Given some of Persona’s stylistic devices were French new wave-inspired, it’s fitting that Claude Chabrol should return the favour in this noirish study of identity, sanity and ambiguity, which he later claimed was “the first film which I made exactly as I wished”. Echoes of Alfred Hitchcock’s Vertigo (1958) also reverberate through bisexual bourgeois Stéphane Audran’s grooming of pavement artist Jacqueline Sassard. But it’s hard to miss the reference to Liv Ullmann stroking Bibi Andersson’s hair as Sassard stands behind Audran while she applies lip gloss in the mirror.
Directors Nicolas Roeg and Donald Cammell
Although it numbers works by Jean Cocteau, Kenneth Anger, Francis Bacon, Jorge Luis Borges, Joseph Losey and John Boorman among its influences, Donald Cammell and Nicolas Roeg’s account of “the perverted love affair between homo sapiens and lady violence” owes much to Persona, as fugitive gangster Chas Devlin (James Fox) begins to lose his grip on his identity while falling under the spell of rock star, Turner (Mick Jagger).
At one point, Chas and Turner’s faces dissolve into a composite that complements an image of Turner’s Powis Square housemate, Pherber (Anita Pallenberg, who had dated Jagger’s Rolling Stones bandmates Brian Jones and Keith Richards). No wonder the picture’s tagline was “Vice and Versa”.
3 Women (1977)
Director Robert Altman
In his Observer review of Robert Altman’s personal and elusive snapshot of a nation succumbing to consumerist banality, Philip French posed a question that applies equally to Persona: “Is the film a dream or a series of dreams? Are the interdependent women a single person?”
Altman insists he got the idea during a disturbed night while his wife was seriously ill in hospital (“All complete. The story, the casting, everything.”). But the influence of Bergman is evident as the delusional Shelley Duvall chatters as compulsively as Andersson, while her face melds with Sissy Spacek’s in the same way that Andersson’s does with Ullmann (who, like Spacek secretly makes notes on her companion’s behaviour). Even feckless husband Robert Fortier finds it as hard to recognise his wife as Gunnar Björnstrand does during his brief visit to the coast.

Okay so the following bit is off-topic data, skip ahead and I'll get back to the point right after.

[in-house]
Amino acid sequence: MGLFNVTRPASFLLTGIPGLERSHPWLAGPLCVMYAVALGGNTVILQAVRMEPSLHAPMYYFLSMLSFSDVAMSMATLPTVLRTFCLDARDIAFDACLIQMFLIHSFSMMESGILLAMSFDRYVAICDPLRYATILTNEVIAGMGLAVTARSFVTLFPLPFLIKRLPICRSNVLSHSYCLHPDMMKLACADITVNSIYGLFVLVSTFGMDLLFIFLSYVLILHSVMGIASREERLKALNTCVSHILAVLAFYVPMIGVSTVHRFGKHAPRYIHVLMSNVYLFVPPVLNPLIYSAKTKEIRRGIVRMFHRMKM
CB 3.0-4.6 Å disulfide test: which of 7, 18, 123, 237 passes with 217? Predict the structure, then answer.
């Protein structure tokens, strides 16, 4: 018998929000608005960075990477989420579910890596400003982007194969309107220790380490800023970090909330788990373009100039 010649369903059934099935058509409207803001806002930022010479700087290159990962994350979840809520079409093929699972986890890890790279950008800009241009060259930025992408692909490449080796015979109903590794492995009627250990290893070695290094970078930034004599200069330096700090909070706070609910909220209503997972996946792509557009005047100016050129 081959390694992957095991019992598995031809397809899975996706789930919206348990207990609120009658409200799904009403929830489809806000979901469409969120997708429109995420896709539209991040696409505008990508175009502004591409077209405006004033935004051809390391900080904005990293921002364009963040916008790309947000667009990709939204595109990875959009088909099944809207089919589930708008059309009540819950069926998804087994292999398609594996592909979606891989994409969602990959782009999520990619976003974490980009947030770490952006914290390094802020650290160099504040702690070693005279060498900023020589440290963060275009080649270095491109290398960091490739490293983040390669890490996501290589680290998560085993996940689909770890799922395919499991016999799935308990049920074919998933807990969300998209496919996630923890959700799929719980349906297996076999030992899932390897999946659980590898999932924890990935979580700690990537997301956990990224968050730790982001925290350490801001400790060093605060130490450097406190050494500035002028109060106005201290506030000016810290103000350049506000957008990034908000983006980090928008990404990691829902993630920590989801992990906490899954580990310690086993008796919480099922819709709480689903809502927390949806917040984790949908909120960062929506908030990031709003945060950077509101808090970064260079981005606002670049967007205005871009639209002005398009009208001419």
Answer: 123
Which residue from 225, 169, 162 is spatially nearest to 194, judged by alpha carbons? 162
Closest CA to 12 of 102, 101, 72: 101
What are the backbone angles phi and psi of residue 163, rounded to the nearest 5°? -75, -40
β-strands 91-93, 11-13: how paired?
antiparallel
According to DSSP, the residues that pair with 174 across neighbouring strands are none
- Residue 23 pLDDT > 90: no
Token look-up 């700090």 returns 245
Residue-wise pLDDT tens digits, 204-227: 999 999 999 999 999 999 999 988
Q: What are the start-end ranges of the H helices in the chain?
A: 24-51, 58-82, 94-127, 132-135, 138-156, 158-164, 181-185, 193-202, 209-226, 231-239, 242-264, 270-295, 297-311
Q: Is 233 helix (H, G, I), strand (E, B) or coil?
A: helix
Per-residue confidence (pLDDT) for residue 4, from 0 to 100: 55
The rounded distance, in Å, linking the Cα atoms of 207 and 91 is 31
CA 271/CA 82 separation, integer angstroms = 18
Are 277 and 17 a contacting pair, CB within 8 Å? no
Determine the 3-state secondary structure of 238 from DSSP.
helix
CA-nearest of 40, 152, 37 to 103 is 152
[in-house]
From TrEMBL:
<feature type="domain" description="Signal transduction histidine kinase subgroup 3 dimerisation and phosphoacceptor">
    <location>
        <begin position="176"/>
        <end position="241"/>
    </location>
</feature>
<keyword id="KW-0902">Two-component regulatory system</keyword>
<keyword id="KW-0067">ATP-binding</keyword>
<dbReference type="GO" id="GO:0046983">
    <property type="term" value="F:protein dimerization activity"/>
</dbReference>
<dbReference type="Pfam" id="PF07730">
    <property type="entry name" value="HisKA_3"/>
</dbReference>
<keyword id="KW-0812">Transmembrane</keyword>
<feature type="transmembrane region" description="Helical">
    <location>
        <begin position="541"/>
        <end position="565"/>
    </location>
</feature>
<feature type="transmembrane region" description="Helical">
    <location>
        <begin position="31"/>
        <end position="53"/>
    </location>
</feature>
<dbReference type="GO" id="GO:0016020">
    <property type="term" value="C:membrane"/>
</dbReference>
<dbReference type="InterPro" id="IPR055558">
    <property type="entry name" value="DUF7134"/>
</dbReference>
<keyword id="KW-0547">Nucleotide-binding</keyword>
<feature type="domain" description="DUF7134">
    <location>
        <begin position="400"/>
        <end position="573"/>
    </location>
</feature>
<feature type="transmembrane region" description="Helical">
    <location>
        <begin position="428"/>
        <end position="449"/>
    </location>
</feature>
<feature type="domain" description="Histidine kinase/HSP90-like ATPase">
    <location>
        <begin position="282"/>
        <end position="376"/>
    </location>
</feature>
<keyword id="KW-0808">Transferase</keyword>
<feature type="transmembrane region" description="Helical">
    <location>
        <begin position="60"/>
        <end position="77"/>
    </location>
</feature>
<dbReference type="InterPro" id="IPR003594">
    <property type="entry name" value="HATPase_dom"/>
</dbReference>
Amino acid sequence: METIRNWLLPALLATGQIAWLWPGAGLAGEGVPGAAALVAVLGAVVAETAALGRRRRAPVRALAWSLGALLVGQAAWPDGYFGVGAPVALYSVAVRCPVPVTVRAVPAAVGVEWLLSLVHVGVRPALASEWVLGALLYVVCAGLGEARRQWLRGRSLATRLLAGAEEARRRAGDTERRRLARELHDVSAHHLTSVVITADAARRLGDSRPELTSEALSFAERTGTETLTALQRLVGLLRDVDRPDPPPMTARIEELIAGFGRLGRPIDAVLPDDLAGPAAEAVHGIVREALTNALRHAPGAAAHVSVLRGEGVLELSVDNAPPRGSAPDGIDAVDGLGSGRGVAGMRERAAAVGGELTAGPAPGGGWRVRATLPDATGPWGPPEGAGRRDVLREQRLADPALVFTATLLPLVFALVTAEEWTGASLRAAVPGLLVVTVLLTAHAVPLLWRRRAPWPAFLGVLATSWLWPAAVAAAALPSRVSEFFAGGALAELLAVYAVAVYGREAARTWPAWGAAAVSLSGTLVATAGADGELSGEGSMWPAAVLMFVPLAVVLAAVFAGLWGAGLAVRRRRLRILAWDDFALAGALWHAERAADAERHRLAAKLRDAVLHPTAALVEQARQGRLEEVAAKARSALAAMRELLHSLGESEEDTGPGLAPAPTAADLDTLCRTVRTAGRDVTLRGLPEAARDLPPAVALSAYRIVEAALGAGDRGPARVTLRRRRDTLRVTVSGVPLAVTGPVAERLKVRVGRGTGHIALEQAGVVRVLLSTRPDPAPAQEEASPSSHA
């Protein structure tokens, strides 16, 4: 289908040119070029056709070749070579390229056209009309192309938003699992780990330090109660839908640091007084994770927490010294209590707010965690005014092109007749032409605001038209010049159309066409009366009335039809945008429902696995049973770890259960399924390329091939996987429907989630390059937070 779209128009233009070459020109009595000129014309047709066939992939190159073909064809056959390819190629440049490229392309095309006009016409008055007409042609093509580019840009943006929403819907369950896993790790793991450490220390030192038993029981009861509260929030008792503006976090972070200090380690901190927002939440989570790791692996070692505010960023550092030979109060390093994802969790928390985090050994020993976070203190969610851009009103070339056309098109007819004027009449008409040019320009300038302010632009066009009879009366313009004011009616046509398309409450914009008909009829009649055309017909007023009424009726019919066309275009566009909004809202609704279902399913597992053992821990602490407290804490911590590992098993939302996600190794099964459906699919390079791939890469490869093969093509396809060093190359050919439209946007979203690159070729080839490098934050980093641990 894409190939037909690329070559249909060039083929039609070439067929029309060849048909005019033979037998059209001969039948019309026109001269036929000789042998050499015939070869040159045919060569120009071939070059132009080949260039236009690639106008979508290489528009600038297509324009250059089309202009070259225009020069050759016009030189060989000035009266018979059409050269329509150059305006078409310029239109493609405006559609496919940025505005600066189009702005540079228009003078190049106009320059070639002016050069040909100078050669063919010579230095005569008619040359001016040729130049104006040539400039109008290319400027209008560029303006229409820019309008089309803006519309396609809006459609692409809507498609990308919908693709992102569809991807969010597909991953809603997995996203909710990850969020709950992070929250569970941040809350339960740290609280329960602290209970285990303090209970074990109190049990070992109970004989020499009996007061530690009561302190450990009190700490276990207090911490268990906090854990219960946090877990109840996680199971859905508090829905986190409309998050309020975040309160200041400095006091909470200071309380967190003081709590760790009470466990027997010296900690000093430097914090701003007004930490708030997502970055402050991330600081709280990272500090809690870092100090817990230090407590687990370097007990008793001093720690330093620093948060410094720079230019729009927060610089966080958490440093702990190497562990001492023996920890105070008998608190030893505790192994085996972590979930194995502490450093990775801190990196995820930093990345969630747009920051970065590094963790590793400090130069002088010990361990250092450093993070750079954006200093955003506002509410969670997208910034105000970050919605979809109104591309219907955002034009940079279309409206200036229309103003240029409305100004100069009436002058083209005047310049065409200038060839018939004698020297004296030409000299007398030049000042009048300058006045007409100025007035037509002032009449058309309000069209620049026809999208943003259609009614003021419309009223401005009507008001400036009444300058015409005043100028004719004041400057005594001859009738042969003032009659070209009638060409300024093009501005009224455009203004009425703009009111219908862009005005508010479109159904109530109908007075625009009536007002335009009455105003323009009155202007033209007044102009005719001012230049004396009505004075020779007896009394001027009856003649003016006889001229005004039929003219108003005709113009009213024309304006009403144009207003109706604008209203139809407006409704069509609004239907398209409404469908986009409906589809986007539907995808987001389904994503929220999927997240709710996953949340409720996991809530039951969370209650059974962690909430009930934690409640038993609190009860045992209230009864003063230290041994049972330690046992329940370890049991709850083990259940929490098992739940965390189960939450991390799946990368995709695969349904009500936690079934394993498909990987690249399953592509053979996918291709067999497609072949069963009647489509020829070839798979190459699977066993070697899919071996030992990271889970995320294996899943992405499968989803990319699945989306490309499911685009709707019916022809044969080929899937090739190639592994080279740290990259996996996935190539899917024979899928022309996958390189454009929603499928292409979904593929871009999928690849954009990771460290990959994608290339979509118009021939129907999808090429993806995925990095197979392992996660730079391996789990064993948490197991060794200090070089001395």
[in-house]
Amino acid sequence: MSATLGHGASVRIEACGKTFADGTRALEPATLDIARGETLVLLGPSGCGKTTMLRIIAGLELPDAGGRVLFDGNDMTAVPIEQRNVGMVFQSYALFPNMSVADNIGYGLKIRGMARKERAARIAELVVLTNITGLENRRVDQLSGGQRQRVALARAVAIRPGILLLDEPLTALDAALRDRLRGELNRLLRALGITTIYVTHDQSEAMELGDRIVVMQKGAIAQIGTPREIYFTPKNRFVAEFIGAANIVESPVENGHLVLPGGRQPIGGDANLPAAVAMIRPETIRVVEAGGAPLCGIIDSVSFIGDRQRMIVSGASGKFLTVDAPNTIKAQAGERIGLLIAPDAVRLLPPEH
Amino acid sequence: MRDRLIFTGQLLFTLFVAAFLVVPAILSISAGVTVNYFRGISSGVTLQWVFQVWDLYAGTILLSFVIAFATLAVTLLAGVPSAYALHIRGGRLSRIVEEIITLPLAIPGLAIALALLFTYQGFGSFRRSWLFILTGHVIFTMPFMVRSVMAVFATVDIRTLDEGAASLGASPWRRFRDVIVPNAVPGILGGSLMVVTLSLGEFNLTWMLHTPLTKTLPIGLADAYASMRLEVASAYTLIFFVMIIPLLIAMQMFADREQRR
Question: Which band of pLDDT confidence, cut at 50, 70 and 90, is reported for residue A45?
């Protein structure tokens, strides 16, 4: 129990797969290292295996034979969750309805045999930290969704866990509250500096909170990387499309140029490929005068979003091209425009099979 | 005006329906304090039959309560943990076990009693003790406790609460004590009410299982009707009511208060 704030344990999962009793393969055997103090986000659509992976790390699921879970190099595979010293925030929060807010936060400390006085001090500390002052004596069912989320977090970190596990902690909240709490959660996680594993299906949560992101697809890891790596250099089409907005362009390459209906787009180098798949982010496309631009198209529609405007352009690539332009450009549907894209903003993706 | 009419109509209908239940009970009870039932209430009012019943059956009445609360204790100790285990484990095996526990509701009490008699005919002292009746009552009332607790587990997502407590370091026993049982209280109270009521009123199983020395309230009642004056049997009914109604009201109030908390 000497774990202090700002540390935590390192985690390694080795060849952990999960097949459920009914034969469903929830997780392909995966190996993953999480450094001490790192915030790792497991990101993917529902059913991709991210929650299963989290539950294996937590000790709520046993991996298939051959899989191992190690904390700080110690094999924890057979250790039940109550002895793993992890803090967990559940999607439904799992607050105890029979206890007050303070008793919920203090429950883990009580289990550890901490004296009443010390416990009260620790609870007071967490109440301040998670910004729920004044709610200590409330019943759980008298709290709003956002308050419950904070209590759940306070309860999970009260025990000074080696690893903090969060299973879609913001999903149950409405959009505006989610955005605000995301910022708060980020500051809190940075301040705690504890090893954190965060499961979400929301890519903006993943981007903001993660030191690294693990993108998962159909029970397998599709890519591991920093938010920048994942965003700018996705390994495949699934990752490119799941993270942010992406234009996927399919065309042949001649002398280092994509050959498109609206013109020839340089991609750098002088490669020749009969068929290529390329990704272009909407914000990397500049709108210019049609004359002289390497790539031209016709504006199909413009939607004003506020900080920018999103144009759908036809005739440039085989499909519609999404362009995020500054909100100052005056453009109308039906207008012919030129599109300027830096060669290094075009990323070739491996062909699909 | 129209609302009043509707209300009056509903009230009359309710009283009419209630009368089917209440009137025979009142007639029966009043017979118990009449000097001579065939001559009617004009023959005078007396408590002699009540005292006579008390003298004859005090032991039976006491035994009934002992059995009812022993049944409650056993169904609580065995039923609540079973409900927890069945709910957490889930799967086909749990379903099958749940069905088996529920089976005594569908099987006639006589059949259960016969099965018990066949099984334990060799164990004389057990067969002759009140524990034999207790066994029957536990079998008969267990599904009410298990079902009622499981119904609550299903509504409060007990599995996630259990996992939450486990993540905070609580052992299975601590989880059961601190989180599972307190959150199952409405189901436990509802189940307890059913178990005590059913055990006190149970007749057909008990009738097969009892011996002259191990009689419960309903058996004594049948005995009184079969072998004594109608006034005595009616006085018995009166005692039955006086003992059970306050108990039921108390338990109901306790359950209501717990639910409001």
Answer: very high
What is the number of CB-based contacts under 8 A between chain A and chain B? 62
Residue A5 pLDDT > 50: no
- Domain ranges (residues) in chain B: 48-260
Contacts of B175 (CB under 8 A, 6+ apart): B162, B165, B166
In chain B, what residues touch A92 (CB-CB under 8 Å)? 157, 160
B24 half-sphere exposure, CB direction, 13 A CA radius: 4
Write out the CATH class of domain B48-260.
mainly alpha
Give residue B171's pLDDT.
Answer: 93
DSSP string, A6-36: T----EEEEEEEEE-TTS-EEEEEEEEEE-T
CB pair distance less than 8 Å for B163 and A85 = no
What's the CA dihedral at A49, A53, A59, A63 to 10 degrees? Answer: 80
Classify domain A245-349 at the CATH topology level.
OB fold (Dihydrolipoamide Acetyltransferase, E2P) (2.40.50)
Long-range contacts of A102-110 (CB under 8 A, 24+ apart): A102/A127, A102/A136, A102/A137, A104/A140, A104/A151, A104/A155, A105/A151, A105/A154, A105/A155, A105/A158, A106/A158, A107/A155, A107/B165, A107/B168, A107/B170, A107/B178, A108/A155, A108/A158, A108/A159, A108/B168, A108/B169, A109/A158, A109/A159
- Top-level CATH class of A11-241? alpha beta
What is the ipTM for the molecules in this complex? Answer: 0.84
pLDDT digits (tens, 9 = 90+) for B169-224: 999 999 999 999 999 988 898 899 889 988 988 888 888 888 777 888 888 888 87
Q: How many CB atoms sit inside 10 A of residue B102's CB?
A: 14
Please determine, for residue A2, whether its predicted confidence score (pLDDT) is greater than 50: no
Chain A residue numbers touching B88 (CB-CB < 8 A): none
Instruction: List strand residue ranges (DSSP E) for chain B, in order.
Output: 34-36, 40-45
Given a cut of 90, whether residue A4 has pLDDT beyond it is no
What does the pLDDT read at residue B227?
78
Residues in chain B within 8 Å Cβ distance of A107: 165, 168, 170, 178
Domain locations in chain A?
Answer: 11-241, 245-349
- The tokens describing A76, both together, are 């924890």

Stardust Memories (1980)
Director Woody Allen
Woody Allen considers Persona a work of screen poetry and its influence can be felt in Interiors (1978) and Another Woman (1988), with Mia Farrow’s overheard therapy sessions in the latter recalling Alma’s shocking confessional monologue (which was also photographed by Sven Nykvist).
Typically, he lampooned Persona during the wonderful ‘wheat’ exchange with Diane Keaton in Love and Death (1975). But Allen most strikingly referenced the picture in Stardust Memories, as the blown-up photograph of the Vietcong officer echoes Bergman’s use of the images of a self-immolating monk and the Warsaw ghetto, while the harsh Alma-like close-ups employed for Charlotte Rampling’s jump-cut asylum speech give her nowhere to hide her emotional fragility.
Mulholland Dr. (2001)
Director David Lynch
In her Sight & Sound article on Persona, Susan Sontag said it shared with The Silence a thematic interest in “the scandal of the erotic; the polarities of violence and powerlessness; reason and unreason; language and silence; the intelligible and the unintelligible”.
The same could be said of its relationship to David Lynch’s Mulholland Dr., as the shifting dynamic between Betty Elms/Diane Selwyn (Naomi Watts) and Rita/Camilla Rhodes (Laura Harring) closely resembles that of Alma and Elisabet. Lynch mixes and matches the characteristics, with Betty being an actor like Elisabet and stricken with psychosexual guilt like Alma. But nothing in a “dream place” is ever what it seems (particularly once illusions have been shattered) and, therein, lies the elusive fascination of each film.